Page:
The god of war and the lion
By David Ward
Looking up into the southeast sky on a clear April evening, you will probably notice a bright reddish-orange colored object floating up there. That is the planet Mars, named for the Roman god of war. The reason it is so bright right now is because it is quite close to us in the solar system.
If you imagine each of the planets on a racetrack, the Earth is on an inner track and just passing Mars on the next track out. As the month of April progresses, Mars will dim as we pull away from the red planet.
Just to the right of Mars is a fairly bright white star, Regulus, the brightest star in the constellation Leo, the Lion. In Greek mythology Leo is associated with the Nemean lion that Hercules killed as one of his 12 labors.
This lion was believed to have fallen to Earth from the moon as a meteor and was ravaging the countryside in ancient Greece. It could not be harmed by any weapon so Hercules had to kill it with his bare hands. Hercules skinned it with the creature’s own claws since no knife could cut it. Then he made himself a cloak out of its skin, which was impervious to any arrow or sword.
To see the constellation Leo the Lion, look to the right of Mars for a sickle or backwards question mark representing the mane and head of the lion. To the left and slightly above Mars, a large triangle depicts the hindquarters of the beast. Leo used to have a fluffy tail but that was cut off and put into another constellation about 2,000 years ago.
The brightest star, Regulus, is from a Latin word meaning the “little king.” The star shines about 350 times brighter than our sun and actually has three more companion stars revolving around it that can only be seen with a telescope.
Regulus’s claim to fame is that it is the fastest-spinning star that we can see with the naked eye. At its equator it is tearing around at the dizzying speed of 700,000 miles per hour. If it spun any faster it would tear itself apart. The star lies about 77.5 light years from us in our neighborhood of the galaxy. If you book an Alaska Airlines flight to Regulus, allow about 80 million years for the trip, and that is only one way!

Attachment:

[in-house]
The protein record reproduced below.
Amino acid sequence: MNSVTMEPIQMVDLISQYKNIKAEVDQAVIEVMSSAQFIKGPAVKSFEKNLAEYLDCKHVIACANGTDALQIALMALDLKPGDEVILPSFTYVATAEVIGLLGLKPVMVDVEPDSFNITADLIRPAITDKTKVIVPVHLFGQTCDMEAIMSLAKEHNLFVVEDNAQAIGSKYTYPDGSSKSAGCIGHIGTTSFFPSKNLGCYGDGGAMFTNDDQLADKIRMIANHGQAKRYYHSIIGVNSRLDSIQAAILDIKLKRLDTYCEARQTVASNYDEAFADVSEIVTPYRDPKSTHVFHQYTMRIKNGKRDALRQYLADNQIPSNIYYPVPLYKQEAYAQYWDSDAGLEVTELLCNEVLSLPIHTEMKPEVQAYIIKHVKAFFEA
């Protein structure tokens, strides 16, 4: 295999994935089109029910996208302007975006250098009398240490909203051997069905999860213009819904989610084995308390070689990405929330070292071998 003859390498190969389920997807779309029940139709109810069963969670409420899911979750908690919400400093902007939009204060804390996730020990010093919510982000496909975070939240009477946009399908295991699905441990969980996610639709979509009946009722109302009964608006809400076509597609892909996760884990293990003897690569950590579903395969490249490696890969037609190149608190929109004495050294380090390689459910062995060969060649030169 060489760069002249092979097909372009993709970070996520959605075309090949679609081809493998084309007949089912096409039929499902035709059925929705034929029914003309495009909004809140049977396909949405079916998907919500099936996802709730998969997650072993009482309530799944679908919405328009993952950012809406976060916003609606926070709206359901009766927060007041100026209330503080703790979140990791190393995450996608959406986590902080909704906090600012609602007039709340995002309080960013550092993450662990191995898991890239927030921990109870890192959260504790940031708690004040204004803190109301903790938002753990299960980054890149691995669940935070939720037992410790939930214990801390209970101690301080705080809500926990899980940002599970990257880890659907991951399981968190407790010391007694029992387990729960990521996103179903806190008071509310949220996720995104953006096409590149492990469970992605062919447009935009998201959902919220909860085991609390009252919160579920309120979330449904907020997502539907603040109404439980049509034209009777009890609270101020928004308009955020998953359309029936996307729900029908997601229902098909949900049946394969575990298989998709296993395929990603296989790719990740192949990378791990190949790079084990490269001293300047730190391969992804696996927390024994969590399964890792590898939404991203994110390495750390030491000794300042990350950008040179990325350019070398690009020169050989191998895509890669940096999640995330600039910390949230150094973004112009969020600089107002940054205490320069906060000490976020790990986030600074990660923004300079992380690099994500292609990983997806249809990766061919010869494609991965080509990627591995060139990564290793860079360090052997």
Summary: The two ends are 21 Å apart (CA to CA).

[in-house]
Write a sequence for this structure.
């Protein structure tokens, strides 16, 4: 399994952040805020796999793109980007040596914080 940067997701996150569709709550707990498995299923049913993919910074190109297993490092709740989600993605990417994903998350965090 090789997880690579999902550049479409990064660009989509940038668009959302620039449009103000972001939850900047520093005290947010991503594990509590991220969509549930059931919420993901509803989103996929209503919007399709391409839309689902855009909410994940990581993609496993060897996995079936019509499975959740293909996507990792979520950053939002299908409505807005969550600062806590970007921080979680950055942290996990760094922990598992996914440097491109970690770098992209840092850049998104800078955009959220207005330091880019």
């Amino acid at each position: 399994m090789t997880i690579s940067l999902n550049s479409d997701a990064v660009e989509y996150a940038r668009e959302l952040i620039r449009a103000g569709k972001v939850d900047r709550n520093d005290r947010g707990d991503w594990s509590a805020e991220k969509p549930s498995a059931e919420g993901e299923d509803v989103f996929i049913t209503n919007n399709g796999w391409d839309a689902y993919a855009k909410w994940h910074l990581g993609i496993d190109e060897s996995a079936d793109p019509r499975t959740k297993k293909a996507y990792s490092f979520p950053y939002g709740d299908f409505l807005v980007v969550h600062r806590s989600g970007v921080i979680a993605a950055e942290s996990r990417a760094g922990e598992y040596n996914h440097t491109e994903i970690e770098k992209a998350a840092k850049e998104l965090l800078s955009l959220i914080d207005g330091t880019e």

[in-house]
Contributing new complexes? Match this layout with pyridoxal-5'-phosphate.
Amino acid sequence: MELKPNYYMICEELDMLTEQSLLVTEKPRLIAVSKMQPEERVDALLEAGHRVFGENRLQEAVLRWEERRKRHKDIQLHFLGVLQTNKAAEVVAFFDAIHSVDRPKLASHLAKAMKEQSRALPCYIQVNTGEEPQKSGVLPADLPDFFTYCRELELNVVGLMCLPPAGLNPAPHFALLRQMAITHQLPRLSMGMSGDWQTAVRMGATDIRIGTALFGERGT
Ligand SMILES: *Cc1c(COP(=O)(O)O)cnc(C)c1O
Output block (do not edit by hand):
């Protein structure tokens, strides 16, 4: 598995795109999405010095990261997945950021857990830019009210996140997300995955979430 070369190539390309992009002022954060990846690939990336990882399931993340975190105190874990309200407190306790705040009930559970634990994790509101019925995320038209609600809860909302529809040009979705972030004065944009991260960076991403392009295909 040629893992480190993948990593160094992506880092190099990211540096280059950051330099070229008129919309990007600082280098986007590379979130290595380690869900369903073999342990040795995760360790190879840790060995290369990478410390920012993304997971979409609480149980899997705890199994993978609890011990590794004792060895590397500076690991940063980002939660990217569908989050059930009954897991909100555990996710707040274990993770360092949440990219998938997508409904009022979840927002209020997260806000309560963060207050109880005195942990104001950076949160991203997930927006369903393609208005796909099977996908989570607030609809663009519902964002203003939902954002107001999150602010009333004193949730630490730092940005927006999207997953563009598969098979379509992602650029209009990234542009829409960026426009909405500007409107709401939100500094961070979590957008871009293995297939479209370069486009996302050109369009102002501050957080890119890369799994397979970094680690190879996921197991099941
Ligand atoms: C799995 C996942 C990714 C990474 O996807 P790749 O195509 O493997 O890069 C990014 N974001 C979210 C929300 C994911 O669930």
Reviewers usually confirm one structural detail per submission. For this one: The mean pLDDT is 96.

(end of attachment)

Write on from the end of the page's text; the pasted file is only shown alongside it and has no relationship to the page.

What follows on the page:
There are still other bright planets to be seen in April. One constellation to the east, Saturn is hanging out with Virgo the Virgin. Look for it and the bright star Spica making a pair visible later in the evening one of these April nights.
In the west, Jupiter and Venus have now traded places and Jupiter is racing westward into the sunset glow. By the end of the month it will be too low in the west to easily see.
Venus dominates the evening sky in the west and it is still climbing higher into the sky. At the beginning of the month it sets four hours after the sun. Watch the goddess of love flirt with the seven sisters as she cruises through the Pleiades star cluster on April 2 and 3. Binoculars will help you to pick out the sisters who will be out-shined by the brilliant Venus.
The goddess of love is a beautiful sight in our twilight skies, but would not be a fun place to visit. With a surface temperature of over 600 degrees, hot enough to melt lead, she is one hot babe! Add to that clouds made of sulfuric acid heavy enough to flatten a car and you can cross it off as a vacation destination.
The moon will cruise along just below Mars on April 3 and then the full moon will make a straight line with Saturn and Spica on April 6.
Say goodbye to all those bright stars of winter. They will be headed into the sunset glow this month, not to be seen again in the evening skies until next winter.
March 28, 2012
Article source: http://www.methowvalleynews.com/story.php?id=7633Tags: bright stars, Nemean lion, roman god of war, bright star <BR/>